By Rivera Sun
[Editor’s note: The Man from the North is a fictional character from Rivera Sun’s first series of novels. She has him offering essays beyond her novels.]
The time is up. The time is now. Gather the people to do the work: the healing, transformative, deepening work of building community, solutions, understanding, skills, knowledge, and hope. You must be the one to make a change, to step out of the rutted tracks of the looming train wreck that is our culture. You must have the courage to walk into the wilderness of what you don’t know and embrace the solutions that will save our lives.
All quests and hero’s journeys begin with this: the yearning for change; the hope of saving graces; the long shot of wished-for miracles. In each of us, our willingness to make a change begins with equal measures of fear, courage, and purpose rolled into an electric jolt to the soul . . . a spark that launches you toward danger and potential.
Our world will be saved by billions of ordinary heroes and sheroes who decide to do hundreds of humble and extraordinary actions. Hour by hour, minute by minute, we change our world by withdrawing our support, cooperation, and participation from old destructive systems. By making these shifts, we starve the monster we have become. We share with neighbors to dismantle consumer-capitalism. We gather to tell stories and unplug the corporate media. We build solar panels and shut off the switches of fossil fuels. One small action multiplied by millions of people adds up quickly to massive change. One small action done strategically by a small group of people can catalyze a hundred million more.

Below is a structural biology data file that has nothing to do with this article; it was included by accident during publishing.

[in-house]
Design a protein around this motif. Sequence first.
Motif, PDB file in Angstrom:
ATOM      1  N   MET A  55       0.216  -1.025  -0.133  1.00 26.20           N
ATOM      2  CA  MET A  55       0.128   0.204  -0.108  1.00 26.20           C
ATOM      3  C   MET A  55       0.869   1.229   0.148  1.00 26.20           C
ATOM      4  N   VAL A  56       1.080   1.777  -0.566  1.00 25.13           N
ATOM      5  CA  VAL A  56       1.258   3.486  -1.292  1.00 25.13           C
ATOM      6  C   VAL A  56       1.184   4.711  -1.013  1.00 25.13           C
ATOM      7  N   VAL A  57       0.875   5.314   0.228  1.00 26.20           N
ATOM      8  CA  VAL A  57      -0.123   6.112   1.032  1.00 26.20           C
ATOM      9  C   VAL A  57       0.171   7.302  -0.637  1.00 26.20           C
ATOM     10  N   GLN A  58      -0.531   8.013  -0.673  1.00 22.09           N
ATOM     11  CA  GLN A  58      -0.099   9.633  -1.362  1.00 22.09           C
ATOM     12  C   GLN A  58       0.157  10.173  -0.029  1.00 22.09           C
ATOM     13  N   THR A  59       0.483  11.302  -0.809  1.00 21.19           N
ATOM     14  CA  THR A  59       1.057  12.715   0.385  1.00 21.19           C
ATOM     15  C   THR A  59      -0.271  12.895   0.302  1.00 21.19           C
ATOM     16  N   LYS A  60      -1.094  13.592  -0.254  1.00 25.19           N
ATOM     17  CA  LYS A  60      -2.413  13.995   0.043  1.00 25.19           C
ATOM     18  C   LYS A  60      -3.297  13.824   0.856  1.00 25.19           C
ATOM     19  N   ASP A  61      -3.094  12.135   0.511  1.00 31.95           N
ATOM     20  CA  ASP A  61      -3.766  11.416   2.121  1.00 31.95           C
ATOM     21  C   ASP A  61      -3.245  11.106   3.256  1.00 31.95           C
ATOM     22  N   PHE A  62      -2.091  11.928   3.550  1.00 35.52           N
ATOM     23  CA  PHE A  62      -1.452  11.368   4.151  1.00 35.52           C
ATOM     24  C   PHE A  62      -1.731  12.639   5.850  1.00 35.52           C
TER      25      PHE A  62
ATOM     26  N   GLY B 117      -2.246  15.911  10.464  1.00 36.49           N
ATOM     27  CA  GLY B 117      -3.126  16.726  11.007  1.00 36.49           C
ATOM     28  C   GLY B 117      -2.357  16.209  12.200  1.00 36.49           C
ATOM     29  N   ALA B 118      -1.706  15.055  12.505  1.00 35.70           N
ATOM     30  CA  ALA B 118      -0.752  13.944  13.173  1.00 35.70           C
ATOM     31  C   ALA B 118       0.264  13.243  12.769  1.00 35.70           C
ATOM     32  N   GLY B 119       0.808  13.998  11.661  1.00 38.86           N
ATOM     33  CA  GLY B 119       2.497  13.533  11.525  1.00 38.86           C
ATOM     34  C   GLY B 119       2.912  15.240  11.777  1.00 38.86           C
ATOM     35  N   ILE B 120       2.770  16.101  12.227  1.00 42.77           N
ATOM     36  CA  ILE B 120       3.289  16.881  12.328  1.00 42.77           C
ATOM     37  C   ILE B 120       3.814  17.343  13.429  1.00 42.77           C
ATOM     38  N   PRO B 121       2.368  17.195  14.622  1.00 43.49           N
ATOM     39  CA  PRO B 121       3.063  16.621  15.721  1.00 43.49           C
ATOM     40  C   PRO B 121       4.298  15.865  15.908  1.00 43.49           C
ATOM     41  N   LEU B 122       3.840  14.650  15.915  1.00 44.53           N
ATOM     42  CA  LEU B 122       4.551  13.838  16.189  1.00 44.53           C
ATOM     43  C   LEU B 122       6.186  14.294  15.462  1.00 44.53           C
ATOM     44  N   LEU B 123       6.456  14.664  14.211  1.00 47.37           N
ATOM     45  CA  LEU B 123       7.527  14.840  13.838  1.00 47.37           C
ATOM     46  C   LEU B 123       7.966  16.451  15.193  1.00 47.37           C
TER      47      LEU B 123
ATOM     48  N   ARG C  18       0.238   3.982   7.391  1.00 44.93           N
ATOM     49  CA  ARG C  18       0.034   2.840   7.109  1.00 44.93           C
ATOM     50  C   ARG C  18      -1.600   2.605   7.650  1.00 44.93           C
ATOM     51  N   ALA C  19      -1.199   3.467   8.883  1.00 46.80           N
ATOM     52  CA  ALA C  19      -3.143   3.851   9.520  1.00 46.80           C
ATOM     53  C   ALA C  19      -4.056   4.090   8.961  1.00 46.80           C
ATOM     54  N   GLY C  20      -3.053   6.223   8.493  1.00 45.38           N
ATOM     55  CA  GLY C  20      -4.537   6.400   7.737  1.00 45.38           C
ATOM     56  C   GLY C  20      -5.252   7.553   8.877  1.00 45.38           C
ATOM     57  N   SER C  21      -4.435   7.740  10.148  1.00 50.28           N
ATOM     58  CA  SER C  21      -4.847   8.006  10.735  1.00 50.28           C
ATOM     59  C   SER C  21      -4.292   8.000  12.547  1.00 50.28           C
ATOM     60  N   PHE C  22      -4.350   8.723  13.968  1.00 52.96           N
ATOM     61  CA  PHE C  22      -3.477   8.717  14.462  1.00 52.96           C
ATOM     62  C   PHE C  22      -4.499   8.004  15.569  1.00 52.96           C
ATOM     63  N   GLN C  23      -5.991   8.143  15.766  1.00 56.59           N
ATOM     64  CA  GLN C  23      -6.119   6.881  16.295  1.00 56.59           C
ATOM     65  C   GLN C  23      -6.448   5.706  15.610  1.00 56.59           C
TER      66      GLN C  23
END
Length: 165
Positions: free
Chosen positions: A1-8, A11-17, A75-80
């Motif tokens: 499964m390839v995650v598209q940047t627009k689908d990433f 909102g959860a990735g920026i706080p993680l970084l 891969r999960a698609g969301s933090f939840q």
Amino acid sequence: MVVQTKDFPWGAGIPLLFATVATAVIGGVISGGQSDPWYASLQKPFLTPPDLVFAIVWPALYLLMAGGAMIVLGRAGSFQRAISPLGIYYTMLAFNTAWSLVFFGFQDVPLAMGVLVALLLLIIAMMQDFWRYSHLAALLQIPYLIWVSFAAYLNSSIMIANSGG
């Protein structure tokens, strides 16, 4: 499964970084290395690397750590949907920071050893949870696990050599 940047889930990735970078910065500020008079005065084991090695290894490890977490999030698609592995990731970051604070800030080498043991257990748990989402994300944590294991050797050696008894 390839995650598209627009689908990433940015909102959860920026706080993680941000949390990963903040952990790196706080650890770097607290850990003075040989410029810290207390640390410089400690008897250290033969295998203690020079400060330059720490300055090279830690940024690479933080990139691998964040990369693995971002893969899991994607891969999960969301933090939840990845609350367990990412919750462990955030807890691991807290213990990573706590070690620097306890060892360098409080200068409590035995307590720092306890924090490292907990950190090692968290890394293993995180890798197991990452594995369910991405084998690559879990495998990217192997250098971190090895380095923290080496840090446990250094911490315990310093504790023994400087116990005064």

Change requires that we live differently. All of us must make changes: from the most committed activist who knows she must reconnect to her heart; to the average citizen who suspects he could be doing more; to the terrified investors in fossil fuels who must choose between their industry and their planet; and everyone in between. Real change is never handed to us on a silver platter, nor served by powerful people. When suffragette Elizabeth Cady Stanton wanted to vote, she strode into the polling place and cast her ballot. When Rosa Parks wanted to desegregate the Montgomery buses, she sat down and refused to give up her seat. When tribes among the Anishinaabe wanted to use their promised treaty rights, they walked on to the land to hunt, fish, and gather traditional foods and medicines.
All of them faced violence, danger, arrest, and even death threats. All of them organized, mobilized, struggled, and ultimately prevailed. None of them sat on the couch waiting for the right people to be put into the right offices to do the right thing. Deep, meaningful change is not handed to us. We wrest it out of the unknown and bring it into existence in our lives.
As Thomas Paine wrote, “we have it in our power to begin the world over again.” Our actions, day in and day out, shape this ever-evolving world. We are the potter’s hands forming the wet clay vessels of our existence. We are the weavers at the loom, casting the threads of our lives through the wool of the world. We are the stone cutter with chisel and hammer, chipping away at the hard realities that block our forward progress. With such power to shape our world comes the responsibility to wield our lives with intention and skill.
If you want change, live differently. But remember, you alone are not enough. One of our changes is that we must work together. We must reach out from our isolated lives. We must join hands with millions and take collective steps toward the future. You cannot go on a hero’s journey alone. Not this time. You must ask others – many others, millions of others – to change their lives, too. Ask your family, friends, and colleagues. Use outreach and organizing tools to ask your neighbors, faith communities, and co-workers. Put nonviolent action to work to compel our society to adopt a change for justice. Mobilize to demand that institutions and industries shift their massive resources into systems that are just, fair, sustainably, and non-harming. In this way, our ordinary actions – multiplied by millions – add up to extraordinary change.
Do not wait another minute to change your life. The time is up. The time is now.